WINDHAM - The Windham School Board will hold a special meeting next week to determine the best way to meet staffing shortages while working within the $45,133,742 default budget.
During Tuesday night's meeting, board members were divided in their opinion on Superintendent Dr. Henry LaBranche's proposal to keep several new faculty positions in the budget.
Ultimately, LaBranche's motion to retain four teaching positions failed before the board, with three members voting against the motion and two voting in favor.
The district's proposed operating budget failed before voters at the March 12 polls, leaving school administrators to grapple with a $445,372 budget deficiency in the coming fiscal year. Had the proposed budget passed earlier this month, the plan was to add a dozen new teaching positions spread across the district.
LaBranche said that despite the failure of the proposed budget, a large fifth-grade class is expected to transition to the middle school next year and an additional language arts teacher for sixth-graders would be needed.
He also proposed keeping a kindergarten teacher at Golden Brook School and two high school teachers.
"I believe this would be the best reallocation of our funds," LaBranche said of the four staffing positions, noting the final decision rests with the School Board.
"From an educational perspective ... we're putting an emphasis on two primary areas," the superintendent said. "At the high school, we had 240 students who were unable to register for science and business classes last year."
At the middle school, he said, there's need for an additional sixth-grade teacher, while the kindergarten teacher is needed to assist students who need extra assistance as they prepare for elementary school.
The four teaching positions would have cost the district an additional $265,434 next year, had the board approved LaBranche's proposal.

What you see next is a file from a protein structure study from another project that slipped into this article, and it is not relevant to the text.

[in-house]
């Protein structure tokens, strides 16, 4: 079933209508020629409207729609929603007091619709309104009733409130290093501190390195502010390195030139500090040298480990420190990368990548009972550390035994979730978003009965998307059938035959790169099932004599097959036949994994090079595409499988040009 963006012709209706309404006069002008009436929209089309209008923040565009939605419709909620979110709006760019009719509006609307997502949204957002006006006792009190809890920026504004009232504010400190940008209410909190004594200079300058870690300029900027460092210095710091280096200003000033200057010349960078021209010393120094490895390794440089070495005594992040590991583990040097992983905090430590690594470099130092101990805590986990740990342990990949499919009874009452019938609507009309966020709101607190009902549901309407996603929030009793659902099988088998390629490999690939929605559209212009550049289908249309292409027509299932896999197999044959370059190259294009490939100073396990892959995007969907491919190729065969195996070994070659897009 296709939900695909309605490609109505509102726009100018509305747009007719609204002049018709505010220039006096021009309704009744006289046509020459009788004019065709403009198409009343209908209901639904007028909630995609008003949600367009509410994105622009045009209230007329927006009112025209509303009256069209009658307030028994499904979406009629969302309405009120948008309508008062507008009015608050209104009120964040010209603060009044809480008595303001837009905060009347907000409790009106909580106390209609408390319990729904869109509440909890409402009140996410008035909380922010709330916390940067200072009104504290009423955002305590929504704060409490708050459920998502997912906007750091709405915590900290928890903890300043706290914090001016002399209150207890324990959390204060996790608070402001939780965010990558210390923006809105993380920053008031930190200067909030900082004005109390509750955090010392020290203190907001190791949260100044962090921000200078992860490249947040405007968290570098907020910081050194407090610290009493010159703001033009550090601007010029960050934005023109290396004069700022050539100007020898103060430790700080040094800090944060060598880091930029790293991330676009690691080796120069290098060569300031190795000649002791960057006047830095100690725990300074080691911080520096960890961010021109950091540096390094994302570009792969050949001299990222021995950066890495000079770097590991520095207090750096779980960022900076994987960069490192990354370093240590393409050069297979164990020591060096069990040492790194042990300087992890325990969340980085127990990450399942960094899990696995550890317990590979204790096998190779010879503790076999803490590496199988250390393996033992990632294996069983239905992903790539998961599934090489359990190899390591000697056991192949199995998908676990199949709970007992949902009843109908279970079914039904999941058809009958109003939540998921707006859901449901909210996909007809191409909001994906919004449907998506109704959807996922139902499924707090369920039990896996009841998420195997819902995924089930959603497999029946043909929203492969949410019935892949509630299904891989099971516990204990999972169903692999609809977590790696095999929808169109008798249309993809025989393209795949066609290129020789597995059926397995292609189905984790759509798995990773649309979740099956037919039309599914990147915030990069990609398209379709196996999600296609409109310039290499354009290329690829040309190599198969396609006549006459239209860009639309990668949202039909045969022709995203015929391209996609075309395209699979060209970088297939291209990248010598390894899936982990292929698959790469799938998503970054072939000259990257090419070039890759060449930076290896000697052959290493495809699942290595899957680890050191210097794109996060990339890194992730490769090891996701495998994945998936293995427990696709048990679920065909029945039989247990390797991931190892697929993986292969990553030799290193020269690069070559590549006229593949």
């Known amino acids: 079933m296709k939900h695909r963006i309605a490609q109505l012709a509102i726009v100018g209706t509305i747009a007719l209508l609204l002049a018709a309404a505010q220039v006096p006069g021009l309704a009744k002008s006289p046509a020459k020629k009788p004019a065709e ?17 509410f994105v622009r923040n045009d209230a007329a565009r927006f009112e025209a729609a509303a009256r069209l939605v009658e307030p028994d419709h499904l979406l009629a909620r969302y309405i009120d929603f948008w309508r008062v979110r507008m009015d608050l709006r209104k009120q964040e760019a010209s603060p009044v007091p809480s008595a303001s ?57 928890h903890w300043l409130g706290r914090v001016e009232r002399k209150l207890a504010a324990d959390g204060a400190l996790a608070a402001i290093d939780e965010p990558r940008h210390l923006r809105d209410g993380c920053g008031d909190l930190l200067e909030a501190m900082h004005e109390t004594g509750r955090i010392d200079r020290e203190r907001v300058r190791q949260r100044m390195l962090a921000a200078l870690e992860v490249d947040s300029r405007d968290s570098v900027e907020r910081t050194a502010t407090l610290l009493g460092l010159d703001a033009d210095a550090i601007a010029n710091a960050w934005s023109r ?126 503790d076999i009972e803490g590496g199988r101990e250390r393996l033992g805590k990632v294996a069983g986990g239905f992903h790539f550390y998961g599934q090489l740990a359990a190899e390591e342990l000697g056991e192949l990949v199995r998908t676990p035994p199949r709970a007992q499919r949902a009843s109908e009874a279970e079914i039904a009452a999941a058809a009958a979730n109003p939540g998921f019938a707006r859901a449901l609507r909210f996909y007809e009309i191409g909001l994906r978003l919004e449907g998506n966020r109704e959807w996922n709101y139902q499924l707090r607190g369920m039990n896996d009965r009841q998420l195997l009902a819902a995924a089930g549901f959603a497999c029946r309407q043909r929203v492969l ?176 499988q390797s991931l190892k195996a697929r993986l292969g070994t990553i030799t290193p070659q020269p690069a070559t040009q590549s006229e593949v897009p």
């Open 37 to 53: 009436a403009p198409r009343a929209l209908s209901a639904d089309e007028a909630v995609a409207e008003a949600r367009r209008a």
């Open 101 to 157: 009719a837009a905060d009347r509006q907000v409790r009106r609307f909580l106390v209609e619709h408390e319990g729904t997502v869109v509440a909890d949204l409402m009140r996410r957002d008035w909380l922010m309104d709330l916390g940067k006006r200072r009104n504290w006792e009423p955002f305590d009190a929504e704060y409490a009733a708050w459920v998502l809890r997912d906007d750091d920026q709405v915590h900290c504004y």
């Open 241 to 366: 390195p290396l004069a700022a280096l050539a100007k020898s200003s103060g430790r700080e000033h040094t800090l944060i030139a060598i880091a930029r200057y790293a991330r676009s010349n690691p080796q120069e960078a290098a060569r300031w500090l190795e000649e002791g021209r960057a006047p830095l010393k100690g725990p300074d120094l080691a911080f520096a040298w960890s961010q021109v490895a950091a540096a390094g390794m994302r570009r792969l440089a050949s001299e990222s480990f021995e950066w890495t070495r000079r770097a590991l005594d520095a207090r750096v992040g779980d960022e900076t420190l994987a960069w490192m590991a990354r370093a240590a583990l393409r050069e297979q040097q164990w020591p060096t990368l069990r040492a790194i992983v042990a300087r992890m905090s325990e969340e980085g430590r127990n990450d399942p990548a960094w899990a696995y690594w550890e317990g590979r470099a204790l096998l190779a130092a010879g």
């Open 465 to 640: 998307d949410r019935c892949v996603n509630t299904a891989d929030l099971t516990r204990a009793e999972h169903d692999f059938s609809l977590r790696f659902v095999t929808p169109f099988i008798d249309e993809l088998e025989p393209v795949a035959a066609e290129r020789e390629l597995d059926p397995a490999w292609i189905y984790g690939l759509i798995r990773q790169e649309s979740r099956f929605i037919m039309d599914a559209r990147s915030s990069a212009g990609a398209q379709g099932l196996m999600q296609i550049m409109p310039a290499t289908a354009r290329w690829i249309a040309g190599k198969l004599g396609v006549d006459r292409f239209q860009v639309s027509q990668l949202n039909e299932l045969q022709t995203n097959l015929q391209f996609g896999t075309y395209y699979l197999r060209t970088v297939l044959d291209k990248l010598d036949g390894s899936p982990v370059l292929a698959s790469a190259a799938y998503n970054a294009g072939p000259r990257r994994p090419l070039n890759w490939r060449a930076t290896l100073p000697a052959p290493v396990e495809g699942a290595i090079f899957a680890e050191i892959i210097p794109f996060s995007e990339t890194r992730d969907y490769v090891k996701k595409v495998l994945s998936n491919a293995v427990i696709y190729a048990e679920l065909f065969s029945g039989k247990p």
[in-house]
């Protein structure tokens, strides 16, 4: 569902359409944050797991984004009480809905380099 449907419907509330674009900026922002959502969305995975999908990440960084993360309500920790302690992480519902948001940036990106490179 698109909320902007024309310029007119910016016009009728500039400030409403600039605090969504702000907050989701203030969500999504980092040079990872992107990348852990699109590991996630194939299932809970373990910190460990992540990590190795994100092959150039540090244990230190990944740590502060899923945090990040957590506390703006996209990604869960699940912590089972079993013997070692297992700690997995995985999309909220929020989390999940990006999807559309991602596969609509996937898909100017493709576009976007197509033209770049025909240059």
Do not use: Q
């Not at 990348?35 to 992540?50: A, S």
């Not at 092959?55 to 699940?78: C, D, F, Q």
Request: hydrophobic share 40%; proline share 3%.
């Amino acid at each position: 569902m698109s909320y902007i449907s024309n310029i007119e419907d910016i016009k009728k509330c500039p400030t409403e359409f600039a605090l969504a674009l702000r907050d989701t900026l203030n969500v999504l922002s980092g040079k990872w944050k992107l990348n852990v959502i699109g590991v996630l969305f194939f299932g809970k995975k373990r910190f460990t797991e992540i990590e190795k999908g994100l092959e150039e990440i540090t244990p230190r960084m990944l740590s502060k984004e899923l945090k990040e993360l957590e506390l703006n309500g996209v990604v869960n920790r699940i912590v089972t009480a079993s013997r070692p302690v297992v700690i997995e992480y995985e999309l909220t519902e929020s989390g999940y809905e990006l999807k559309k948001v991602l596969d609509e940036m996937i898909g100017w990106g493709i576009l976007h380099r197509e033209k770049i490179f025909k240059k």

"I think we should move forward with the default budget, retaining these four (proposed new) positions," he said.
Savings could be found by eliminating an additional bus, LaBranche said, which would save the district over $68,000, as well as in several other areas.
Board member Michelle Farrell said that when voters vote, they are not looking at each line item.
"It looks to me like you've prioritized the children's education and taken away that which doesn't directly affect our students," Farrell told the superintendent. "So I agree with what you've done. I think each of these four teachers is critical for the success of our students."
Newly elected board member Dennis Senibaldi disagreed, noting the need for "voter confidence."
"I understand educational needs, but when people look at this . the voters said no," Senibaldi said. "Fundamentally and ethically, I just can't turn around and go against what they said. These are huge issues that need to be resolved, but to resolve these issues you need to be able to get people to say yes."
The Windham School Board will meet again on Thursday, March 28.
The meeting will begin at 7 p.m. in the community development room inside the town firstname.lastname@example.org